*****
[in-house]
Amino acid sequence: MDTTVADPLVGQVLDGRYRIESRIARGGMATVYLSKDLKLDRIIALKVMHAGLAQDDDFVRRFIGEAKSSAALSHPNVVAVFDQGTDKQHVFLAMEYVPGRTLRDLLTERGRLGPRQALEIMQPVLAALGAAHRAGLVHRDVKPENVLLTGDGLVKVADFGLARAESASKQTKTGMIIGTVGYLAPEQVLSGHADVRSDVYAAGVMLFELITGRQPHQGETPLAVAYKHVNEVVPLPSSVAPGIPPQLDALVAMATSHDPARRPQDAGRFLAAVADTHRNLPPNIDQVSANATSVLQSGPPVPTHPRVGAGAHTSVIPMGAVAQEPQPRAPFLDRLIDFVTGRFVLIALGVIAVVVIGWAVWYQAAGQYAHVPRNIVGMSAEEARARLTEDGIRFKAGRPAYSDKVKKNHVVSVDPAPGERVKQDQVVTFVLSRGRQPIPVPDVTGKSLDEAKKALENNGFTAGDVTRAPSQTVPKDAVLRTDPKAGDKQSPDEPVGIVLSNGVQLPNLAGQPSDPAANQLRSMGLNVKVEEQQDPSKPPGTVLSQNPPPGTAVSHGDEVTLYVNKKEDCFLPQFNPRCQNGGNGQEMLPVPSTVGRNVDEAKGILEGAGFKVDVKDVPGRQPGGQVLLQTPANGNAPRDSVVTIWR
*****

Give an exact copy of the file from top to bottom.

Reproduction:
[in-house]
Amino acid sequence: MDTTVADPLVGQVLDGRYRIESRIARGGMATVYLSKDLKLDRIIALKVMHAGLAQDDDFVRRFIGEAKSSAALSHPNVVAVFDQGTDKQHVFLAMEYVPGRTLRDLLTERGRLGPRQALEIMQPVLAALGAAHRAGLVHRDVKPENVLLTGDGLVKVADFGLARAESASKQTKTGMIIGTVGYLAPEQVLSGHADVRSDVYAAGVMLFELITGRQPHQGETPLAVAYKHVNEVVPLPSSVAPGIPPQLDALVAMATSHDPARRPQDAGRFLAAVADTHRNLPPNIDQVSANATSVLQSGPPVPTHPRVGAGAHTSVIPMGAVAQEPQPRAPFLDRLIDFVTGRFVLIALGVIAVVVIGWAVWYQAAGQYAHVPRNIVGMSAEEARARLTEDGIRFKAGRPAYSDKVKKNHVVSVDPAPGERVKQDQVVTFVLSRGRQPIPVPDVTGKSLDEAKKALENNGFTAGDVTRAPSQTVPKDAVLRTDPKAGDKQSPDEPVGIVLSNGVQLPNLAGQPSDPAANQLRSMGLNVKVEEQQDPSKPPGTVLSQNPPPGTAVSHGDEVTLYVNKKEDCFLPQFNPRCQNGGNGQEMLPVPSTVGRNVDEAKGILEGAGFKVDVKDVPGRQPGGQVLLQTPANGNAPRDSVVTIWR